Edith Abbott, Women in Industry: A Study in American Economic History (1909)
This was one of the first “contribution” histories dealing with the lives of ordinary working women. Although it is now outdated, it provides quick access to useful information on some of the occupations available to women in the period before the Revolution. In her second chapter, Abbot looks at women who ran shops and taverns; those who worked on farms or in domestic service. She sketches the lives of spinners and weavers and those who kept ‘dame schools,’ in addition to discussing the kind of apprenticeships available to young girls in the eighteenth century.
Carol Berkin, Revolutionary Mothers: Women in the Struggle for America’s Independence (New York: Knopf, 2005)
This work portrays women’s multiples roles as Loyalists and Patriots, wives who followed husbands to war, camp followers, soldiers, spies and saboteurs for both sides. In addition, Berkin details differences in the experiences of white, black, and Native-American women, portraying, in the process, multiple revolutions.
Carol Berkin and Leslie Horowitz, eds., Women’s Lives, Women’s Voices: Documents in Early American History (Boston: Northeastern University Press, 1998)
Teachers looking for further primary sources on women in the Revolutionary era for classroom use might try this edited collection of documents.
Sara M. Evans, Born for Liberty: A History of Women in America (New York: Free Press, 1989).
Evans’ survey text is a useful place to start for anyone looking for a reasonably concise and readable account of women’s changing lives, experiences and rights, from white settlement to the twentieth century.
Kate Haulman, “A Short History of the High Roll: Big Hair, Eighteenth-Century Style,” Common Place 2:1 (2001)
This article describes the elaborate hairstyles worn by elite colonial women in the 1760s and 1770s. In the lead up to the Revolution, such fashions came to be associated with decadent foreignness, with some patriots denouncing the “high roll” as evidence of Tory sympathies.
Peter C. Messer, “Writing Women into History: Defining Gender and Citizenship in Post-Revolutionary America,” Studies in Eighteenth-Century Culture 28 (1999): 341-360.
Examining histories of the colonial period and Revolutionary era written prior to 1805, this article looks at the kind of women that historians of the past tended to praise, as well as highlighting the way patriotic rhetoric lauded women’s political participation in the Revolution. In addition, the author looks at Loyalist histories that painted demeaning pictures of female activities in order to damn revolutionary fervour.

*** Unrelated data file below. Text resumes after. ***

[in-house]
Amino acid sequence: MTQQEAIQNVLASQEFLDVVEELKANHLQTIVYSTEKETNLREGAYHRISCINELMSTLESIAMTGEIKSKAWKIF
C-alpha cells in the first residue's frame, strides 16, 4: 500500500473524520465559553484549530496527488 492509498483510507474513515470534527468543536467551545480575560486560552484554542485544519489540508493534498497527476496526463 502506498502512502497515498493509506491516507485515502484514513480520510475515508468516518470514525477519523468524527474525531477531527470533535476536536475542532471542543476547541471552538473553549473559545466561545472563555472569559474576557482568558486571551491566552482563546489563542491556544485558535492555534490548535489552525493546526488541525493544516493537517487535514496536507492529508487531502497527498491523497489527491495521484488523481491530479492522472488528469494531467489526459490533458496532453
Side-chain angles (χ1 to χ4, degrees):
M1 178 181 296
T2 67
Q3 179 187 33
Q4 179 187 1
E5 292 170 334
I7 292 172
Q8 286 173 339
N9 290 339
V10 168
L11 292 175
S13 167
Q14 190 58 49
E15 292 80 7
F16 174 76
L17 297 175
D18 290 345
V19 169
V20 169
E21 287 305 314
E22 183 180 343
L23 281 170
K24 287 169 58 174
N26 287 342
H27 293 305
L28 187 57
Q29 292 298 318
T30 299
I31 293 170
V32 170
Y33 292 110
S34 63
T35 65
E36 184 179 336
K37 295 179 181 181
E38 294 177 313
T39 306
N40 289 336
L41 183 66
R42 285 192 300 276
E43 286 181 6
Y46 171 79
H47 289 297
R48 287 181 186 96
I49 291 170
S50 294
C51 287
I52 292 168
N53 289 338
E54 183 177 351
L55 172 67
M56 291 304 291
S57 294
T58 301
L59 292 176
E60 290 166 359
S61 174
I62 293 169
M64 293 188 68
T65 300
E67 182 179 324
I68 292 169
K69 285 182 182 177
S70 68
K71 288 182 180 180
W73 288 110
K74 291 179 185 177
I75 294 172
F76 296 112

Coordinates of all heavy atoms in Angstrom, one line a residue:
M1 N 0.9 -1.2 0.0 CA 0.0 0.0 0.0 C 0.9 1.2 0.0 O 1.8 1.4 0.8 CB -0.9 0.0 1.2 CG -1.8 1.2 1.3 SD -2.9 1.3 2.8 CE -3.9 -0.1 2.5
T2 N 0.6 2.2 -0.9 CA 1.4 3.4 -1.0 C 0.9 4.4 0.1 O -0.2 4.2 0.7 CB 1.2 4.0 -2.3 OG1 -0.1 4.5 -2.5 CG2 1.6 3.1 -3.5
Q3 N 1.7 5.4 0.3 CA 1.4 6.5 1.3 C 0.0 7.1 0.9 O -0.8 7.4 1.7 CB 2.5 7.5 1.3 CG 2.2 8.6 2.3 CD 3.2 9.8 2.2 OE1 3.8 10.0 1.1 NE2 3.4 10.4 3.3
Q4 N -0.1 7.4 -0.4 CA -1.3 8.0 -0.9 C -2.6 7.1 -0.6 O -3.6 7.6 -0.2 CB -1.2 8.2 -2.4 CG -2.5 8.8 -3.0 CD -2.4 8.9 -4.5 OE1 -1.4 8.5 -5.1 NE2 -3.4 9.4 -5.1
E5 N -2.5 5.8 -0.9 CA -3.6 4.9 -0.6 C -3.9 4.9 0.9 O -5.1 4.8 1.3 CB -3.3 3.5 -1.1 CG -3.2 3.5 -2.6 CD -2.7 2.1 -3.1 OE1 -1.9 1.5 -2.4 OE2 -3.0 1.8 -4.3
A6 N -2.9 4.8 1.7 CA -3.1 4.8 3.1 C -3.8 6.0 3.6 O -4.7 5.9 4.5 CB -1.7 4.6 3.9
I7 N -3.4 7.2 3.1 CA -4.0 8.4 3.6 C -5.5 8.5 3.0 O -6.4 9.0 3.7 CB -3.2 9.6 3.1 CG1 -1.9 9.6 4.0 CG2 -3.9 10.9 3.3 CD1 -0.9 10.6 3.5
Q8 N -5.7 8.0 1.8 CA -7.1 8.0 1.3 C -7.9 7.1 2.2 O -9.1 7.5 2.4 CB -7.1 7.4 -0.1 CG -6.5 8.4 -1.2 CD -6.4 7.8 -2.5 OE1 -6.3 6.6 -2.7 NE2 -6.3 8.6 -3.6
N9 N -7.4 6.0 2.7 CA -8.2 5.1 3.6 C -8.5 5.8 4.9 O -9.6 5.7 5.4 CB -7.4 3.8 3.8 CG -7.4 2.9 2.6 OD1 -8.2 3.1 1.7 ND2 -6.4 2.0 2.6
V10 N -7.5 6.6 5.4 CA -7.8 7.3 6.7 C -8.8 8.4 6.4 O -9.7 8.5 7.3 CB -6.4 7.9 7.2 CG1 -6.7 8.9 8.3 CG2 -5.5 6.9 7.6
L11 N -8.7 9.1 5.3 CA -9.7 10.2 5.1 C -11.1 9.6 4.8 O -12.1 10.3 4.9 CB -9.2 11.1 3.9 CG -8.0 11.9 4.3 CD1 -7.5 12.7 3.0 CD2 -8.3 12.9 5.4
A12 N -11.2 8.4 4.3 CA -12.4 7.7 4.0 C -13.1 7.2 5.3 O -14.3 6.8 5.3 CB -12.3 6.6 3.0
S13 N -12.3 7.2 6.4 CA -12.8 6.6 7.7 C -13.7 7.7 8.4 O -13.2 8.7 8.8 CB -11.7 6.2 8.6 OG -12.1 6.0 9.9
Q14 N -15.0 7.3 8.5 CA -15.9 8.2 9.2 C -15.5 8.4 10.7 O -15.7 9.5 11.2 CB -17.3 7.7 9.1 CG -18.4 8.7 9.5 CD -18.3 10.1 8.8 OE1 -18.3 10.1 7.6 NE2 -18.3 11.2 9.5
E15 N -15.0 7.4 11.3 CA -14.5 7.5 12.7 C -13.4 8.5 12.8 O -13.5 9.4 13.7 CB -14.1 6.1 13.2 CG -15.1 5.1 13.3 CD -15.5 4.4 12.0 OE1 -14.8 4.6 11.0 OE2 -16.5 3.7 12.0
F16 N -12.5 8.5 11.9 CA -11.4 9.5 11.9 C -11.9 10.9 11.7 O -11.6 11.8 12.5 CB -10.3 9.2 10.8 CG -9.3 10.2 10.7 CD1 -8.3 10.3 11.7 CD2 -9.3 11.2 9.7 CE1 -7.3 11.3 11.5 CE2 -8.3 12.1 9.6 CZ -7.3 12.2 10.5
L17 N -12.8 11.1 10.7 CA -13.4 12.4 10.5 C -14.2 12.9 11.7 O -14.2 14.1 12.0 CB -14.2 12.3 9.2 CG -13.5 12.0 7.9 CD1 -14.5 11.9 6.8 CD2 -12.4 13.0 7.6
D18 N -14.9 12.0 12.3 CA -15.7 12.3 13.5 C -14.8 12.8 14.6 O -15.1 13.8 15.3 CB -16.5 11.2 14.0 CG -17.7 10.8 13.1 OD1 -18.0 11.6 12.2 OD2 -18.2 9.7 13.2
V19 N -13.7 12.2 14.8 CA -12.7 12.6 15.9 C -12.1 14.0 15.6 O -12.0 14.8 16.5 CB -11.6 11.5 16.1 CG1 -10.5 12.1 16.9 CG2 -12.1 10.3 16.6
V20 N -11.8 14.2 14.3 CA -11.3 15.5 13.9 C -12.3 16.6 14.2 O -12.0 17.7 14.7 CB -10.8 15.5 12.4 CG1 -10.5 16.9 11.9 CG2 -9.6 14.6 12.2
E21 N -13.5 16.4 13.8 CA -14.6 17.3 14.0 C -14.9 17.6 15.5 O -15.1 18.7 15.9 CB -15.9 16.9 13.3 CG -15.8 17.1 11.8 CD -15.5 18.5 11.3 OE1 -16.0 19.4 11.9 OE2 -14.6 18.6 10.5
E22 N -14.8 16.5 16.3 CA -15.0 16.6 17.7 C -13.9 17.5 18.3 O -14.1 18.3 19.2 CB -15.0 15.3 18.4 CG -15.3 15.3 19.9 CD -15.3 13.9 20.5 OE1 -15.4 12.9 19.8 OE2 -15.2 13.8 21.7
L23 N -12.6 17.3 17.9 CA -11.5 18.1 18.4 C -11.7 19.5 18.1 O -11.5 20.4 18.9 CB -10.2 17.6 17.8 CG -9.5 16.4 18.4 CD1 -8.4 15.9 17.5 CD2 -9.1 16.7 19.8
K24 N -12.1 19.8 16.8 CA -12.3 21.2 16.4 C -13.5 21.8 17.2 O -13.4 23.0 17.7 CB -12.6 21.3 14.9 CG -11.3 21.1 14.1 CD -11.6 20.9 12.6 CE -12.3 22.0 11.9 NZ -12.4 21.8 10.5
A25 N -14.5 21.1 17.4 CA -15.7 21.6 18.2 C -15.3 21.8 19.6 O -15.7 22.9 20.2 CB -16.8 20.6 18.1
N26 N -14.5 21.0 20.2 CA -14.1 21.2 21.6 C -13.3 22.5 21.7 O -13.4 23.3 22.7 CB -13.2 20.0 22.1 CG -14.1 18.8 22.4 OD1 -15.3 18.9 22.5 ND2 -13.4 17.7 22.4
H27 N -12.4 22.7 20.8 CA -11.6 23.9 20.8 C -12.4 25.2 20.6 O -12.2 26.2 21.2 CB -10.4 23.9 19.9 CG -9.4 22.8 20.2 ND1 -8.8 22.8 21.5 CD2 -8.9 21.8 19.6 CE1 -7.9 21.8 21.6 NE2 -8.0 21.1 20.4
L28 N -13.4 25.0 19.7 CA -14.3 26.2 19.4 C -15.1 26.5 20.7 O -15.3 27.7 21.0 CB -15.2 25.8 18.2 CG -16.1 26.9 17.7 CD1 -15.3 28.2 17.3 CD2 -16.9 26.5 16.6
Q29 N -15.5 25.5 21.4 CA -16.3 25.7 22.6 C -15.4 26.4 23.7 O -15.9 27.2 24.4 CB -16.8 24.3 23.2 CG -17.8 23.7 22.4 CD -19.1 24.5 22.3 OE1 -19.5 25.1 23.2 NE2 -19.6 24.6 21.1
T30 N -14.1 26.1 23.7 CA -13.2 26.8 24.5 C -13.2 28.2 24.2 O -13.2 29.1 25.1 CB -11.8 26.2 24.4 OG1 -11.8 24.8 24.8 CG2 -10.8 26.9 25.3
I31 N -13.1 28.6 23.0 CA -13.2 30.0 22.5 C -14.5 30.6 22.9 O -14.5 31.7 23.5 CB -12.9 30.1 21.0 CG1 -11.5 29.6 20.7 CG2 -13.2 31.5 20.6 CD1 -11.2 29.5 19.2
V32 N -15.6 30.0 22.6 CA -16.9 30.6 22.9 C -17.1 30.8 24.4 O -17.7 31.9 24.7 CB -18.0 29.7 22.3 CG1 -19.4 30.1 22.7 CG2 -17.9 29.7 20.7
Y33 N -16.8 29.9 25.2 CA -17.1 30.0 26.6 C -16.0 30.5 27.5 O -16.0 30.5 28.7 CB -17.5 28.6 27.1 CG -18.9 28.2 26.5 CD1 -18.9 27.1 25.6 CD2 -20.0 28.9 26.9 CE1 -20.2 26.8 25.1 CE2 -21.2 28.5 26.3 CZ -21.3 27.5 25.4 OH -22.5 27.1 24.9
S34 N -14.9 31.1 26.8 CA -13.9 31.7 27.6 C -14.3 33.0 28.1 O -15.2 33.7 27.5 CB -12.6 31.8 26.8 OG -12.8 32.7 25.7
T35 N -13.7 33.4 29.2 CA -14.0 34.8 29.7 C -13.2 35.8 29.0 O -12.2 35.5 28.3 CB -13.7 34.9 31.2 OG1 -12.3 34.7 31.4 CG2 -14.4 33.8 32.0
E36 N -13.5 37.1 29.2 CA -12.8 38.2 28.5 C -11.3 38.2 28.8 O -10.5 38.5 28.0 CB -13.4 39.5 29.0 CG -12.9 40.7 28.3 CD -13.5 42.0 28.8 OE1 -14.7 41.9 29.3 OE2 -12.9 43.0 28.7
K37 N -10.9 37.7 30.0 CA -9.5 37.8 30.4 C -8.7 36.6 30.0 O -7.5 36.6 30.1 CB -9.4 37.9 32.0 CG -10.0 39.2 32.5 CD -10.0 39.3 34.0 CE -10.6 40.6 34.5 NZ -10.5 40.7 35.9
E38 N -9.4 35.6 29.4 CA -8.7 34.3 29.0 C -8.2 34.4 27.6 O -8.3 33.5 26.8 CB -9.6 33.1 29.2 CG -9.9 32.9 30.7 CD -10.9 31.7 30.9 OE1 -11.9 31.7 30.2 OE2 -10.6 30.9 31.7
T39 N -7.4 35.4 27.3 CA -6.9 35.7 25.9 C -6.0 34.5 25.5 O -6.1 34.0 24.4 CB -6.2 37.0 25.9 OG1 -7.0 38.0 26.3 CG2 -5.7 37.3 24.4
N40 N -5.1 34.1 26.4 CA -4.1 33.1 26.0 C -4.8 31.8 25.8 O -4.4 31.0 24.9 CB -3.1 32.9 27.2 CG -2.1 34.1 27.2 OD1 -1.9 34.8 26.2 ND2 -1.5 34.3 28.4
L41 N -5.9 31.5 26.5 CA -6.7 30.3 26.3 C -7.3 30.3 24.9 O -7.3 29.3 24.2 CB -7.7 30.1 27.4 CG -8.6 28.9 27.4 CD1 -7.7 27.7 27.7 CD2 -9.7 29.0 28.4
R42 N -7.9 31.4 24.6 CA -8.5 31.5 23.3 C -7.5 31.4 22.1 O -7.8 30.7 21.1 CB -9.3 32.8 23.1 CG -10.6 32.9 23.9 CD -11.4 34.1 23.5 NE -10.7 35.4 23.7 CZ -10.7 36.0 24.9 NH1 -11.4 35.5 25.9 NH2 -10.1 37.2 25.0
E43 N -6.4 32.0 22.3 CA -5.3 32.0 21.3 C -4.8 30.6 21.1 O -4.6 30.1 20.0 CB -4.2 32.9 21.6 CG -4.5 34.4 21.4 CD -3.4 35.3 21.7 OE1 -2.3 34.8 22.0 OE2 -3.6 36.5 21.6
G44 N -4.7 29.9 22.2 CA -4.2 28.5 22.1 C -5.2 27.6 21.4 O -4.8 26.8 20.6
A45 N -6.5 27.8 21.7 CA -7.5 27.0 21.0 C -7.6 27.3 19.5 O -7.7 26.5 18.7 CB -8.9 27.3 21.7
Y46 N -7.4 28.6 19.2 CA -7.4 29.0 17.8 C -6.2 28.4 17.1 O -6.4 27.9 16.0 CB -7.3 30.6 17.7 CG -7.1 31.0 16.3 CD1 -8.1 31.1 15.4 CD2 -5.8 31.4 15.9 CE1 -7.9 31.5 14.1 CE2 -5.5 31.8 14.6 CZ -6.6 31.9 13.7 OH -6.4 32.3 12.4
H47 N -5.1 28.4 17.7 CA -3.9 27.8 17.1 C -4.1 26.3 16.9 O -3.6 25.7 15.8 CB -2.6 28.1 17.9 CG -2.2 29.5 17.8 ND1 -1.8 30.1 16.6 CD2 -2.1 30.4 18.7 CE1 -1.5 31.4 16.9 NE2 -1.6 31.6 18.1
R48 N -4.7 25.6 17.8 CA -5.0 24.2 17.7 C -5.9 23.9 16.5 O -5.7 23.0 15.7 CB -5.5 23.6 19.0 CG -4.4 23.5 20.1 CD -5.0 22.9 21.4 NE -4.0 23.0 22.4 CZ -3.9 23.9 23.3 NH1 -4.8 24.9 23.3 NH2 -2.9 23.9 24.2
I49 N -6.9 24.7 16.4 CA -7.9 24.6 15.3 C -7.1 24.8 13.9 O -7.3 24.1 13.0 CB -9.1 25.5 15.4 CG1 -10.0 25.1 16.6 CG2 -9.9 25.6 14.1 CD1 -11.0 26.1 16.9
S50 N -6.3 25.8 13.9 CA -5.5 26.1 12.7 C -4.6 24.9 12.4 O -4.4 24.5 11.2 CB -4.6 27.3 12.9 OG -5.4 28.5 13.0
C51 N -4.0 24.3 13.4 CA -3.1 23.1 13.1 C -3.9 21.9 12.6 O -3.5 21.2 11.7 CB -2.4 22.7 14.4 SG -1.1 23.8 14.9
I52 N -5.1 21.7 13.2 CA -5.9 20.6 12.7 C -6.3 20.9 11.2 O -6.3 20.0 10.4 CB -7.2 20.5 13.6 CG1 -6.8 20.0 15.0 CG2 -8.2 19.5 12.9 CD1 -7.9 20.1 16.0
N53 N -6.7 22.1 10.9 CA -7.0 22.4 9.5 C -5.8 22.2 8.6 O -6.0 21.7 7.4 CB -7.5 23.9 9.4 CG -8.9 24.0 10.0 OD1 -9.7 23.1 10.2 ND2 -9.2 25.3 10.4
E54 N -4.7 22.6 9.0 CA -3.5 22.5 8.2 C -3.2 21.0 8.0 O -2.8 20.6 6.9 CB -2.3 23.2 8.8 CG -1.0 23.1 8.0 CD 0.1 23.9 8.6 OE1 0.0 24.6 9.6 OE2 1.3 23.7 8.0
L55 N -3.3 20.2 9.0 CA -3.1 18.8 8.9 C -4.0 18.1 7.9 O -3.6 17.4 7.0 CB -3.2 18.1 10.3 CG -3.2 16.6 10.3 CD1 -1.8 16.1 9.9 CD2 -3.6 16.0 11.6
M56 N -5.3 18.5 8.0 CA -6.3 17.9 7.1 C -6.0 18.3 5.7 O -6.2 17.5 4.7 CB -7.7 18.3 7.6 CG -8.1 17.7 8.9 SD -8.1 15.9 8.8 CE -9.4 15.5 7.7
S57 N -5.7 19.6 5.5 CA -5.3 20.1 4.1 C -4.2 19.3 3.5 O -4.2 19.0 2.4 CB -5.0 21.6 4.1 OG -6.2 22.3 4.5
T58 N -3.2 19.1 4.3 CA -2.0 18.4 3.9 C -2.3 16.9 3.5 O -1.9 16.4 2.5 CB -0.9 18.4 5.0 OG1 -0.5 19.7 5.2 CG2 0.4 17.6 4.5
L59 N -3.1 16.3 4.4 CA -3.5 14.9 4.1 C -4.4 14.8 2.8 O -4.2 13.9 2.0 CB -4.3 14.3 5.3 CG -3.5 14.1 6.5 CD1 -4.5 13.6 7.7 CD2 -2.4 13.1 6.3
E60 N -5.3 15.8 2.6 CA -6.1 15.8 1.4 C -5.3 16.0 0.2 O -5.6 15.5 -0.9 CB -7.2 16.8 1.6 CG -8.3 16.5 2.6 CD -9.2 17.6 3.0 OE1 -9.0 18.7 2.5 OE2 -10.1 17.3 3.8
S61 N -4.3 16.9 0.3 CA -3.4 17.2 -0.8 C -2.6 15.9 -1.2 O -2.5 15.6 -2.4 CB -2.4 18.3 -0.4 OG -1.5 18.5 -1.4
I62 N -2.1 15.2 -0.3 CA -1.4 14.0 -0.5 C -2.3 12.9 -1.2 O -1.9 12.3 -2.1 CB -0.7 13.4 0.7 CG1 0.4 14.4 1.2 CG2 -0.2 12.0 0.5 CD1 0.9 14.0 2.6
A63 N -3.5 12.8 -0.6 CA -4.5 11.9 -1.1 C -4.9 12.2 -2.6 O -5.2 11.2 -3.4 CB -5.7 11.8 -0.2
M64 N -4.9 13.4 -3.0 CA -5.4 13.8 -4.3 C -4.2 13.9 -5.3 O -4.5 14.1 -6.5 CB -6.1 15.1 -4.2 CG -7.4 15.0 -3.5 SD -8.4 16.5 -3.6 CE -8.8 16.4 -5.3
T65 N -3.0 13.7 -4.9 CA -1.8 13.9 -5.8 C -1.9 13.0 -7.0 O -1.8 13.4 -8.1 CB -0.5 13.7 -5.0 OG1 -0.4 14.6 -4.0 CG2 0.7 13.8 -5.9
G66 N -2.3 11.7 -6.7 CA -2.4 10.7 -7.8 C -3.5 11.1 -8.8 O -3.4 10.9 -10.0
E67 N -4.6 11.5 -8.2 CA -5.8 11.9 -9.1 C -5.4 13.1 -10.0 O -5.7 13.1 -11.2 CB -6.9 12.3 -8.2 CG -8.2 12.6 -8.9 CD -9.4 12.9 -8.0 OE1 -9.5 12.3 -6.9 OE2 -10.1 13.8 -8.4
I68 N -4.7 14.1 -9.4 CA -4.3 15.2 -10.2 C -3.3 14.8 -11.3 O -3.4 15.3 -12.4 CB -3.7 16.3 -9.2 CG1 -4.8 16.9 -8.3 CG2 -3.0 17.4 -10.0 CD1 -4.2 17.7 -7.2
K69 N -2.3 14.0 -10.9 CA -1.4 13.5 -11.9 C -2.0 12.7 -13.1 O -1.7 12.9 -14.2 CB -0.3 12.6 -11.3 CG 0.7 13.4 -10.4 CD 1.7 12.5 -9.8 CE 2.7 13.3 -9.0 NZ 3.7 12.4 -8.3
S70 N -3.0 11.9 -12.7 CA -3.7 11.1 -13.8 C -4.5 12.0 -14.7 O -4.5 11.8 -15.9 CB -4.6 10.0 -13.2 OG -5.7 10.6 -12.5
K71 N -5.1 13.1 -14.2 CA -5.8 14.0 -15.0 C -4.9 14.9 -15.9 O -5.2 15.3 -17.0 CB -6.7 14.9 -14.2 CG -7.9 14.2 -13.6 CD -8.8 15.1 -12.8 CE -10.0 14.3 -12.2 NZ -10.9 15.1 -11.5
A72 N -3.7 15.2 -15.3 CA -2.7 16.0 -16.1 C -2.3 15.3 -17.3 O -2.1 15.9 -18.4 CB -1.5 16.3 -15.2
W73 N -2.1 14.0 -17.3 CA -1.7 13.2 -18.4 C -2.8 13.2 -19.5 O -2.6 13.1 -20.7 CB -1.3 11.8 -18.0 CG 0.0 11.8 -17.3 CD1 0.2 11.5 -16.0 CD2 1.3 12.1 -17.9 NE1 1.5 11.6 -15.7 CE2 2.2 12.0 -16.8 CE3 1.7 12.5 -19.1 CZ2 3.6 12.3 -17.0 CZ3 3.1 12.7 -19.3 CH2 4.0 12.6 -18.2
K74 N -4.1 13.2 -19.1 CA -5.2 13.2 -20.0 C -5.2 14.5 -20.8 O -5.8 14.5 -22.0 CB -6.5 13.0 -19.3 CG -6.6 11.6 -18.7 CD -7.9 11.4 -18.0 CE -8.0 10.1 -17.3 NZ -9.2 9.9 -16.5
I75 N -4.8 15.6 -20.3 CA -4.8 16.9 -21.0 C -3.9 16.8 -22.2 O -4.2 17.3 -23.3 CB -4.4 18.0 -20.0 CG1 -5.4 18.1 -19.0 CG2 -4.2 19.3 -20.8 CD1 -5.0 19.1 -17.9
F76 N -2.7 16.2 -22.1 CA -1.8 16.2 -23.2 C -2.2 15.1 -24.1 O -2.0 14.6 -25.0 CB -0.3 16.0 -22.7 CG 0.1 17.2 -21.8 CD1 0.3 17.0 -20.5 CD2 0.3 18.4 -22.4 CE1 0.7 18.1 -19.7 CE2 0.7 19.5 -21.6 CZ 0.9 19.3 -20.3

Linda Kerber, Women of the Republic: Intellect and Ideology in Revolutionary America (Chapel Hill: University of North Carolina Press, 1980).
A groundbreaking study analysing the intellectual context of women’s lives in Revolutionary America. After chapters on gender ideology in the eighteenth century, Kerber discusses post-revolutionary legal reform and changes in the realm of women’s education.
Mary Beth Norton, Liberty’s Daughters: The Revolutionary Experience of American Women, 1750-1800 (Boston: Little, Brown, 1980).
Using the private papers of 450 families, in addition to a range of other sources, Norton describes eighteenth century understandings of female capabilities, as well as examining courtship practices, work routines, experiences of childbearing, motherhood and marriage, relationships between mothers and daughters, and women’s educational experiences. Her study attempts to detail not only the lives of middle and upper class women, but also those of poor and illiterate women and female slaves. More recently, Norton published Founding Mothers & Fathers, a study focusing on the concept of citizenship for women in the new nation.
Kathryn Kish Sklar and Thomas Dublin, Women and Power in American History,vol. 1 to 1880 (New Jersey: Prentice Hall, 2002)
This is an edited collection containing important articles written by historians on the lives of American women. All of the fourteen articles—on topics ranging from religion, slavery, working class lives, planter’s wives and Native America women—are extracts of roughly ten pages in length, making them easily accessible for class-room use.
Alfred F. Young, Masquerade: The Life and Times of Deborah Sampson, Continental Soldier (New York: Knopf, 2004).
This is the account of an ordinary Massachusetts woman who impersonated a male soldier during the Revolutionary War. Young’s micro-history contextualises Sampson’s military service through a discussion of her private and public life, along with an examination of gender and class identity in this period.